“We’ve got to escape. That’s the only chance.”
“San Ramon can’t be far away, they’ll have something there.”
Huddled in a circle of plastic chairs in the middle of a coffee-farming community in rural Nicaragua, we strategized on how to find tampons.
We’re on our weeklong academic excursion to the campo, living with a family of coffee farmers to get a glimpse at how about 40 percent of Nicaragua lives. And for three of the seven of us, we’re also here to test out our womanly endurance.
I was designated team leader for the week. Guillermo, our academic director’s husband, had said my aura was strong as we prepared for the trip. I think about this as I prepare myself for what many a study-abroad woman at some point in time must ponder: What happens when we run out of tampons?
Fun factoid: Tampons have actually been around since 15th-century BC Rome, although in a more natural, ferny or wooly form. The tampon of today — the prize we sought out in the campo — wasn’t invented until the 1930s by a doctor who sought to relieve his wife’s monthly discomfort. I’m not sure how it took that long for a doctor to have a little sympathy for his partner, but nonetheless: Dr. Earle Cleaveland Haas, muchos kudos. The world quite literally has never been the same for those with luxurious access to the modern tampon, and in 1986, the tampon was voted one of the small wonders of the world that had revolutionized the lives of consumers.
Huddled in the campo, I was ready to a lead a ceremonial dance for Dr. Haas’ nifty invention.
Given that toilet paper was a luxury we had had to bring up from the nearby urban center, we assumed that the community wouldn’t have the necessary feminine products. Our only hope for surviving, therefore, would be to escape El Porvenir, head downhill (about a two-hour hike, we estimated), find the necessary products and return before nightfall. We share one last look of united misery before I walk over to the community leaders, dragging my fellow, male student Cameron and his advanced Spanish skills along.
Eugenio and Steve, former comandantes in the Sandinista Revolution — the revolution’s leader/current president’s posters are plastered throughout the frail wooden shacks — are our main point of contacts in the community. They’re sitting in front of Eugenio’s house, sorting through the coffee beans we picked earlier that morning. Cameron and I say “hi” cheerfully. I ask, “Can we go to San Ramon for the day? We just want to visit. We are fine with walking on our own. We won’t be a bother.”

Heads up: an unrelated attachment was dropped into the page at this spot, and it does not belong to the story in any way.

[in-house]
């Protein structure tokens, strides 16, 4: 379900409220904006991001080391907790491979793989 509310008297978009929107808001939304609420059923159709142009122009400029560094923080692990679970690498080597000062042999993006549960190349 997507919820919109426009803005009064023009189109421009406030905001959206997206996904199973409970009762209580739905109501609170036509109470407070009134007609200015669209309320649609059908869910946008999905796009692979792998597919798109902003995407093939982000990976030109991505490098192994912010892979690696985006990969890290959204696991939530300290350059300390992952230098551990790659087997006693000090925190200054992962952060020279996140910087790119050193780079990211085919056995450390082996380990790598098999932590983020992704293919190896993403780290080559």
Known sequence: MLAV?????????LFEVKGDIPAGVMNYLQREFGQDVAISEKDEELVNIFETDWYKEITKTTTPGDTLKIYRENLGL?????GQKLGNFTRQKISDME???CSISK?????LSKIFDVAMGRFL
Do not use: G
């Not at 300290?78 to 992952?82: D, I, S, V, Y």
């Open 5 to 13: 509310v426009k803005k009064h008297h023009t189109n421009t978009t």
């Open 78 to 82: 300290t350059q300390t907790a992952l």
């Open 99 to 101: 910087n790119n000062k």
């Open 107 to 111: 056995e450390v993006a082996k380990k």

No, he says. Our academic director had given strict orders that we weren’t to leave the community. It’d be too dangerous to walk all the way there alone, and way too far. It’s better to stay here; they have anything we might need. Why do we want to go all the way there anyways?
I pause, take a deep breath and hope my utter embarrassment will be masked by my poor Spanish skills.
“Errrr…necesitamos productos femeninos,” I tell him.
It didn’t translate quite right. “Para tu cuerpo?” Eugenio makes a bathing motion. “Para comer?”
I’m a bit stuck. As Eugenio and Steve continue to make some interesting guesses at what we meant, Cameron jumps in. “No. Tampons. Tamponés?”
No matter how many different ways Cameron pronounces our holy grail, it just doesn’t translate.
With time being of the essence, Cameron eventually adds with a few universally descriptive hand movements, “Sangre! SANGRE!”
At this point I’m of course dying. Cameron kindly shouts, “MENSTRUACION!”
Eugenio, Steve and the many, many community members who had gathered round throughout our conversation were quick to address the situation, being, of course, quite kind and generous throughout the ordeal. They usher us to a nearby house that co-served as the community store.
As we walk over, Eugenio turns to me and said it’s OK, it’s natural. “What? They have natural tampons??” I ask wide-eyed, full of excitement to Cameron.
“Um, no. Like, it’s just a natural situation for you girls,” Well, that’s disappointing.
I’m not sure if this was just another case of the language and cultural barriers one faces when living in a foreign country, or rather another example of our forgetfulness of the luxuries we far too often take for granted. Menstrual care, and especially tampons, are not accessible for the majority of the world — both in the global south and global north. As I struggled through an explanation of menstruacion and purchased pads at the small, house-run store, the value of this small luxury became quite real. Never again will I take the menstrual care aisle at Walgreens for granted.
Now, the real cherry on top of the whole affair? Turns out the community burns all their trash. So by the end of the week, right before we were going to have our grand send-off celebration at the house of one of the study-abroaders who went through this whole drama with me, we discovered that they had decided to dispose of the bathroom trash buckets that afternoon.
Thus, as family members filed into the house for the celebration, we found a small sizzling pile with a half-burnt tampon applicator sitting gloriously in the open for all to see. Lovely, just lovely.
“Off the Beat” columns are guest columns written by Daily Cal staff until the fall semester’s regular opinion writers are selected.